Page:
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Virtue and Terror
Maximilien de Robespierre, Slavoj Žižek, John Howe, Jean Ducange

The Art of Subtext: Beyond Plot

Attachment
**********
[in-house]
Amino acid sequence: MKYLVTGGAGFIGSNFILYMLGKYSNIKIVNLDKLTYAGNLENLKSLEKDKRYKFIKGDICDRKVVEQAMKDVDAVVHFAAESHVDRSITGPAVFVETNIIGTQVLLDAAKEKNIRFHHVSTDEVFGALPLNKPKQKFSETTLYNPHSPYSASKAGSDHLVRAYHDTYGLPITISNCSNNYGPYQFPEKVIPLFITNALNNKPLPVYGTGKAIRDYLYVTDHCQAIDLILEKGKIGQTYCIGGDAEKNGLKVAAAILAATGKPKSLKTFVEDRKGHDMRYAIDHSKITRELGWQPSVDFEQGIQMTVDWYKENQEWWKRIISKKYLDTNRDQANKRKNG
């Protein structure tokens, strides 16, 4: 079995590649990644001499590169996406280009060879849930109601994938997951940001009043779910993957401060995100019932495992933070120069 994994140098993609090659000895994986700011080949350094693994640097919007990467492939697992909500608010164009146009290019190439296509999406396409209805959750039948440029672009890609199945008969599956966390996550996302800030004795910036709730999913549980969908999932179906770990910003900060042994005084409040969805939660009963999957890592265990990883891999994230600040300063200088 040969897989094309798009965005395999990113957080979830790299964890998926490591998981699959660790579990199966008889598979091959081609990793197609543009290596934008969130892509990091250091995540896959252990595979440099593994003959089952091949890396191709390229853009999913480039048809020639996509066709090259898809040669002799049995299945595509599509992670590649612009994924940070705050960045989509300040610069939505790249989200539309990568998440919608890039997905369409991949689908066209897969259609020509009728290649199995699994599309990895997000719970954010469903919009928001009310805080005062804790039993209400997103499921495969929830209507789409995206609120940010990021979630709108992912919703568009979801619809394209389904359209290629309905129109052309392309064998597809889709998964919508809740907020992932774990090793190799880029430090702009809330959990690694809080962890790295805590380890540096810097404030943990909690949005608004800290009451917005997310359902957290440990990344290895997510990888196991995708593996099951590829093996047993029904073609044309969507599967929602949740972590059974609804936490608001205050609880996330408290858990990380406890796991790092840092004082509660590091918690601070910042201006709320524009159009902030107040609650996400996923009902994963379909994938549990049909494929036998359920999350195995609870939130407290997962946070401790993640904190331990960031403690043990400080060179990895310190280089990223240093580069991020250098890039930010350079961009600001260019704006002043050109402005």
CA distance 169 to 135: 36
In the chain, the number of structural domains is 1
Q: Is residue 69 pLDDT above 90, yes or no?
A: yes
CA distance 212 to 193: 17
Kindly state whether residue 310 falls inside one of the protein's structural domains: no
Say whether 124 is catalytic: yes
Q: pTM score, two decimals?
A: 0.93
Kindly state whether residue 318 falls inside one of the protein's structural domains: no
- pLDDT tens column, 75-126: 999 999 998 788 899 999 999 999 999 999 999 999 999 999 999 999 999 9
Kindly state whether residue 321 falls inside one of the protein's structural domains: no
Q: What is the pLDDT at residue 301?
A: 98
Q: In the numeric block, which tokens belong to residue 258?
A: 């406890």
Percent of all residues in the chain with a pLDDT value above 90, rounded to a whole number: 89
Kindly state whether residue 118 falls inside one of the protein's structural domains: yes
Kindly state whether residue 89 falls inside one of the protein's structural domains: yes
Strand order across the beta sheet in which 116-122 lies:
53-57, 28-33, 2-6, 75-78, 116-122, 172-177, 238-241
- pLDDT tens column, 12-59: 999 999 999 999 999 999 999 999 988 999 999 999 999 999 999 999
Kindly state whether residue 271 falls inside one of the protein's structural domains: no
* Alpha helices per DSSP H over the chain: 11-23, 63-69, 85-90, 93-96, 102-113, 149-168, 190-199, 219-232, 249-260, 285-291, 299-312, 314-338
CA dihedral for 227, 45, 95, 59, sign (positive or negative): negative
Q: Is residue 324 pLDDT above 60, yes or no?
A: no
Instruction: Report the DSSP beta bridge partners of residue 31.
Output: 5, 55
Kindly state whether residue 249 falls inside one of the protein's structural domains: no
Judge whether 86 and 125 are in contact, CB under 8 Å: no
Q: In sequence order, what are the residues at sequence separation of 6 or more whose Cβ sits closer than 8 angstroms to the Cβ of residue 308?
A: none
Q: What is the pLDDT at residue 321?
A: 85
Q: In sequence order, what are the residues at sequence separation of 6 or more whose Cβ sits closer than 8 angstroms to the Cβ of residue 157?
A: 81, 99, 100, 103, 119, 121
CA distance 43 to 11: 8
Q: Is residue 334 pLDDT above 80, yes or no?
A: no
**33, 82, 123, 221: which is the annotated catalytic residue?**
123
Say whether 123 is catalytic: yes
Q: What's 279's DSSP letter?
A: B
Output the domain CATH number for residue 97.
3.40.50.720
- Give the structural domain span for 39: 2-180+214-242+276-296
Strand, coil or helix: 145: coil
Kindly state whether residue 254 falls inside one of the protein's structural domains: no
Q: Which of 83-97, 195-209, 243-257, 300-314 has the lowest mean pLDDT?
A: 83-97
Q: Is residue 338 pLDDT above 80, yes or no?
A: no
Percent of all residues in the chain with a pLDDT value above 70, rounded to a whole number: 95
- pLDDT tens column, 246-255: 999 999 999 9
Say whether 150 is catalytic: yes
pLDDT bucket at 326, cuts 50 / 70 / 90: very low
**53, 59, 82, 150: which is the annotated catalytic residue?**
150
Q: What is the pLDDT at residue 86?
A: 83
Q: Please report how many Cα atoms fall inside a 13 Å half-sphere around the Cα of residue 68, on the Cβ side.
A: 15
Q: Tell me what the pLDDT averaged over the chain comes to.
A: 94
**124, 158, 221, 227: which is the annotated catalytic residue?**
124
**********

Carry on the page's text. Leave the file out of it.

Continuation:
The Art of Subtext: Beyond Plot - Charles Baxter This is a book full of passion for art and language. As someone who hasn't formally studied literature, The Art of Subtext gave me a wonderful new way to think about my reading and writing.While as far from a how-to guide or writing manual as possible and still be a book on writing, I suspect that this book will impact my writing more than most of the writing manuals I've read. Baxter's prose is engaging and his opinions are unflinching (if occasionally stodgy or nostalgic). I find it difficult that many readers will agree with him completely, but it's equally incredulous that readers will find him unengaging or lacking insight. His critique on the disembodied and disconnected nature of modern relationships, where we talk at each other instead of with somebody is contradicted by his examples from 19th century literature, but remains intriguing and worth thinking about.English majors may find this ground they've covered, but for those who haven't studied literature on a collegiate level and want to get more out of their reading (or film/tv viewing), I'm tempted to call this a must-read. Even for those who have covered this ground before, Baxter's style and willingness to speak his mind give the reader much to deliciate over.This is the first book in a series on The Art of…, all edited by Baxter. I'm excited read the rest of them.On a design note, the entire The Art of… series are all unusually sized books. They're about as wide as an iPhone is tall, and around 50% taller than wide. Combined with the slender page counts, these are fantastic books to slip into a coat pocket or small bag.